Crossing Goat's Water out flow with great views of Goat's Hawse in the distance.

From left to right we have Easy Buttress, Easy Gully, 'A' Buttress, Great Gully, and 'B' 'C' 'D' and 'E' Buttresses
Before reaching the scree I have to pass through the boulder field just ahead, there's actually a path through with a bit of boulder hopping if you can stick to it. My plan of action is to take the zigzag path which starts at the grassy bit seen just beyond the boulders.

Goat's Hawse taken during a much needed pause.
I picked up the zigzag grassy path which quickly turned to scree, the good news was there is a narrow path to follow which was stable in parts but the ascent at times meant taking one step forward followed by three steps back.

'A' Buttress, Great Gully 'B' Buttress and 'C' Buttress.

Continuing with my ascent I spot two climbers climbing Giant's Crawl on 'B' Buttress seen right. It's still difficult to spot the South Rake but the base of it starts at Great Gully seen centre then climbs left below 'A' Buttress and Easy Buttress.

Giant's Crawl on 'B' Buttress.
I later bumped into the two climbers as they were about to descend 'climbers gully' (the South Rake) where I informed them I'd taken a few shots of their climb and I agreed to let them pinch the photo's once todays walk report went live.

Giant's Crawl on 'B' Buttress.

Giant's Crawl on 'B' Buttress.

Close up of Giant's Crawl on 'B' Buttress.

Dow Crag South Rake (Climbers Gully)
My legs were feeling the rath of the steep scree so before starting the ascent on the South Rake I took a few minutes out to make some adjustments and get my breath back, it was here I was joined by two more climbers who I had seen back at the car park who were about to start their climb on 'A' Buttress "wanna join us" they asked "nah your OK I'll stick to the South Rake" I laughed.

Looking down on Goat's Water from the start of the ascent.
Once ready feeling refreshed I got stuck into the ascent initially keeping to the right of the Rake where I found fixed rock underfoot.

Passing the entrance to Easy Gully.
Half the way into the Rake the entrance to Easy Gully is passed, you can leave the Rake via a grass platform to take a closer look as I did but that's as far as I went, Easy Gully by name but not by nature.

Looking down the South Rake.
One of two climbers can be seen setting up below 'A' Buttress. I wonder if it's too late to take them up on their offer...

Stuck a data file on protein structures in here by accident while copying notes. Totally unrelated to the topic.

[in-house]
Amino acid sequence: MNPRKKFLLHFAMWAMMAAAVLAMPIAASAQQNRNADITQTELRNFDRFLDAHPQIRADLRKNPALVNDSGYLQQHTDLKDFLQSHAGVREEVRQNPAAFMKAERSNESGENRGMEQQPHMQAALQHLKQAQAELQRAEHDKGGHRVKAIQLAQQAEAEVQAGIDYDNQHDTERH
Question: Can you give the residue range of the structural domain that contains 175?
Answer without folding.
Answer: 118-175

Reaching the snow patches, South Rake.
I'd spotted the snow patches from below and initially thought they wouldn't cause an issue, indeed the one in the foreground can be negotiated with care which I attempted but found the snow to be frozen, it took three solid kicks to make anything of a foot hold so I retreated back a few feet and thought about adding my crampons, the trouble was it was just too steep and unstable within the Rake then I remembered a de-tour I'd taken previously which involves climbing out of the Rake via a series of grassy ledges, I go for it.

Climber Arete Chimney and Crack 'A' Buttress.
Once out of the Rake I took my de-tour which was steep, and exposed in places, I climbed around 60 feet then swung back into the Rake for the final ascent by which time the wind was howling like a hurricane above my head.

Dow Crag South Rake from the top.
Feeling protected within the Rake once I had gained the top I was at the rath of the wind which howled over the top of the crags and I couldn't make sense of it because down below Goat's Water looked relatively calm but not here, I needed to collect myself and the only way to do that was by finding shelter. I retreated only twenty feet away and as if by magic the wind calmed so I de-shouldered to add my hat and gloves. Wandering back to the top of Rake I took out my anemometer and recorded gusts of up to 48mph before heading back to the safety of my pack. Flippin heck I muttered "I've not only lost the sunshine I've now got to contend with this wind"

Goat's Water and Coniston Old Man from the top of Dow Crag South Rake.

Looking back on Buck Pike, Walna Scar and White Maiden.
Re-shoulderded I started to make my way towards Dow Crag summit where I was passed by the two climbers who I had seen climbing Giant's Crawl on 'B' Buttress but after taking a look at my photos later that evening I'm now wondering if these two are the same two I'd seen, if your reading this guys I hope it was you.